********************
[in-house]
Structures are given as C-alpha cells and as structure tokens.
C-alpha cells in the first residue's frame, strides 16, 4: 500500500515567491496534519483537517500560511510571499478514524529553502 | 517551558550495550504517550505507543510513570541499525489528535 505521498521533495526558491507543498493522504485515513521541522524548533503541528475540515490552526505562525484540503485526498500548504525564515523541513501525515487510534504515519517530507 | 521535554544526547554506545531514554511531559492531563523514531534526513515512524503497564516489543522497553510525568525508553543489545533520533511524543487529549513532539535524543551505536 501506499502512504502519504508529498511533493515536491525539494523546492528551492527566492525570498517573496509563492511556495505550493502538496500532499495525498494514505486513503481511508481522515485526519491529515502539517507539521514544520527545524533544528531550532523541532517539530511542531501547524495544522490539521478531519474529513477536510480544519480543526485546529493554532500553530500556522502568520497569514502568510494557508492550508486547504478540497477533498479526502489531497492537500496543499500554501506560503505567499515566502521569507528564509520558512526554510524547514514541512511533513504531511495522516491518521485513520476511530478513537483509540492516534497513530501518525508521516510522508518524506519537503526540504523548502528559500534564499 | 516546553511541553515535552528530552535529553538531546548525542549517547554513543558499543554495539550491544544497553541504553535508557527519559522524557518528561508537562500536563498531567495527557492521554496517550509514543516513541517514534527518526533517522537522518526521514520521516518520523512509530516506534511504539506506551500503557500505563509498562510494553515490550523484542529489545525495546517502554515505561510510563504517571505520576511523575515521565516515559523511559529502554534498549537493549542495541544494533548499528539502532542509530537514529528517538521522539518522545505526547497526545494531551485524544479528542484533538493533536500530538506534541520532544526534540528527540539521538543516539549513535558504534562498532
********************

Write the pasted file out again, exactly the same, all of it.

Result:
[in-house]
Structures are given as C-alpha cells and as structure tokens.
C-alpha cells in the first residue's frame, strides 16, 4: 500500500515567491496534519483537517500560511510571499478514524529553502 | 517551558550495550504517550505507543510513570541499525489528535 505521498521533495526558491507543498493522504485515513521541522524548533503541528475540515490552526505562525484540503485526498500548504525564515523541513501525515487510534504515519517530507 | 521535554544526547554506545531514554511531559492531563523514531534526513515512524503497564516489543522497553510525568525508553543489545533520533511524543487529549513532539535524543551505536 501506499502512504502519504508529498511533493515536491525539494523546492528551492527566492525570498517573496509563492511556495505550493502538496500532499495525498494514505486513503481511508481522515485526519491529515502539517507539521514544520527545524533544528531550532523541532517539530511542531501547524495544522490539521478531519474529513477536510480544519480543526485546529493554532500553530500556522502568520497569514502568510494557508492550508486547504478540497477533498479526502489531497492537500496543499500554501506560503505567499515566502521569507528564509520558512526554510524547514514541512511533513504531511495522516491518521485513520476511530478513537483509540492516534497513530501518525508521516510522508518524506519537503526540504523548502528559500534564499 | 516546553511541553515535552528530552535529553538531546548525542549517547554513543558499543554495539550491544544497553541504553535508557527519559522524557518528561508537562500536563498531567495527557492521554496517550509514543516513541517514534527518526533517522537522518526521514520521516518520523512509530516506534511504539506506551500503557500505563509498562510494553515490550523484542529489545525495546517502554515505561510510563504517571505520576511523575515521565516515559523511559529502554534498549537493549542495541544494533548499528539502532542509530537514529528517538521522539518522545505526547497526545494531551485524544479528542484533538493533536500530538506534541520532544526534540528527540539521538543516539549513535558504534562498532